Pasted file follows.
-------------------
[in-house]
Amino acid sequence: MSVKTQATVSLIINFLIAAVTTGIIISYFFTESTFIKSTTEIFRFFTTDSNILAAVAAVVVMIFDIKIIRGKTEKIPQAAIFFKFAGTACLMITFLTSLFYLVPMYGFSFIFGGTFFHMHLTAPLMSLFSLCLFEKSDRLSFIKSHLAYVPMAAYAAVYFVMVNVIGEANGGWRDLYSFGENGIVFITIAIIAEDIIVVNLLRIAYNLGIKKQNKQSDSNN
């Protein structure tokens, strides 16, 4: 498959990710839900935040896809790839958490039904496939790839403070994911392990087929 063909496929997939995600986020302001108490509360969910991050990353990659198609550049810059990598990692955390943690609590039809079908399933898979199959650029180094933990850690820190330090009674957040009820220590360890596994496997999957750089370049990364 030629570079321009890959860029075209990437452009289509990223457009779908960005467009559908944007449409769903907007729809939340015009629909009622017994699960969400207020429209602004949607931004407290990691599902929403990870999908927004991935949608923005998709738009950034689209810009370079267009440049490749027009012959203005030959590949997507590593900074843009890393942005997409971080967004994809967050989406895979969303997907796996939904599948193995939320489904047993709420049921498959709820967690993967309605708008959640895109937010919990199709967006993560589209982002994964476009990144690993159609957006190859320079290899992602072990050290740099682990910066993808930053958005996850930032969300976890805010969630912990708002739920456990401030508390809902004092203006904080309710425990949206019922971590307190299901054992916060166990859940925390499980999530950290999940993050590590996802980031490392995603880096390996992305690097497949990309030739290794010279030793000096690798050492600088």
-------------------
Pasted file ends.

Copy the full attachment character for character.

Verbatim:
[in-house]
Amino acid sequence: MSVKTQATVSLIINFLIAAVTTGIIISYFFTESTFIKSTTEIFRFFTTDSNILAAVAAVVVMIFDIKIIRGKTEKIPQAAIFFKFAGTACLMITFLTSLFYLVPMYGFSFIFGGTFFHMHLTAPLMSLFSLCLFEKSDRLSFIKSHLAYVPMAAYAAVYFVMVNVIGEANGGWRDLYSFGENGIVFITIAIIAEDIIVVNLLRIAYNLGIKKQNKQSDSNN
């Protein structure tokens, strides 16, 4: 498959990710839900935040896809790839958490039904496939790839403070994911392990087929 063909496929997939995600986020302001108490509360969910991050990353990659198609550049810059990598990692955390943690609590039809079908399933898979199959650029180094933990850690820190330090009674957040009820220590360890596994496997999957750089370049990364 030629570079321009890959860029075209990437452009289509990223457009779908960005467009559908944007449409769903907007729809939340015009629909009622017994699960969400207020429209602004949607931004407290990691599902929403990870999908927004991935949608923005998709738009950034689209810009370079267009440049490749027009012959203005030959590949997507590593900074843009890393942005997409971080967004994809967050989406895979969303997907796996939904599948193995939320489904047993709420049921498959709820967690993967309605708008959640895109937010919990199709967006993560589209982002994964476009990144690993159609957006190859320079290899992602072990050290740099682990910066993808930053958005996850930032969300976890805010969630912990708002739920456990401030508390809902004092203006904080309710425990949206019922971590307190299901054992916060166990859940925390499980999530950290999940993050590590996802980031490392995603880096390996992305690097497949990309030739290794010279030793000096690798050492600088």